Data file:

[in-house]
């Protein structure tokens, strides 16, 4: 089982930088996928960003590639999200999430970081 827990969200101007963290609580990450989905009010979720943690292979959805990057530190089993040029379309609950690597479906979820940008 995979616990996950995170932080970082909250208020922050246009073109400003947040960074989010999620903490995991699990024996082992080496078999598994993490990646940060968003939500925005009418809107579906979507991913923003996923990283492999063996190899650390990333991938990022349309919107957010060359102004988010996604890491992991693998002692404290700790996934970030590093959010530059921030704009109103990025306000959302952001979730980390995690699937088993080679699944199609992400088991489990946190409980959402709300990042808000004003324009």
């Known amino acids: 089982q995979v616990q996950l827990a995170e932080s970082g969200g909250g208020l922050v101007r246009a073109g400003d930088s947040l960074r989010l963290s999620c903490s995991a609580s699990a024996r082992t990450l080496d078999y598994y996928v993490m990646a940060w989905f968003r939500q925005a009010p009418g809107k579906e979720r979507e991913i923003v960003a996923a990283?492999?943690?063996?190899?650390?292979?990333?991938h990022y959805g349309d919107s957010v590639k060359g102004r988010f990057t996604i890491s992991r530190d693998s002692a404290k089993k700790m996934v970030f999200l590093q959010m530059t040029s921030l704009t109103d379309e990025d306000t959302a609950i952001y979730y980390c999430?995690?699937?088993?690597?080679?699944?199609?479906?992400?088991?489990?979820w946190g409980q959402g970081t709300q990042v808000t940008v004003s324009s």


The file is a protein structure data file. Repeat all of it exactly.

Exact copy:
[in-house]
């Protein structure tokens, strides 16, 4: 089982930088996928960003590639999200999430970081 827990969200101007963290609580990450989905009010979720943690292979959805990057530190089993040029379309609950690597479906979820940008 995979616990996950995170932080970082909250208020922050246009073109400003947040960074989010999620903490995991699990024996082992080496078999598994993490990646940060968003939500925005009418809107579906979507991913923003996923990283492999063996190899650390990333991938990022349309919107957010060359102004988010996604890491992991693998002692404290700790996934970030590093959010530059921030704009109103990025306000959302952001979730980390995690699937088993080679699944199609992400088991489990946190409980959402709300990042808000004003324009």
């Known amino acids: 089982q995979v616990q996950l827990a995170e932080s970082g969200g909250g208020l922050v101007r246009a073109g400003d930088s947040l960074r989010l963290s999620c903490s995991a609580s699990a024996r082992t990450l080496d078999y598994y996928v993490m990646a940060w989905f968003r939500q925005a009010p009418g809107k579906e979720r979507e991913i923003v960003a996923a990283?492999?943690?063996?190899?650390?292979?990333?991938h990022y959805g349309d919107s957010v590639k060359g102004r988010f990057t996604i890491s992991r530190d693998s002692a404290k089993k700790m996934v970030f999200l590093q959010m530059t040029s921030l704009t109103d379309e990025d306000t959302a609950i952001y979730y980390c999430?995690?699937?088993?690597?080679?699944?199609?479906?992400?088991?489990?979820w946190g409980q959402g970081t709300q990042v808000t940008v004003s324009s």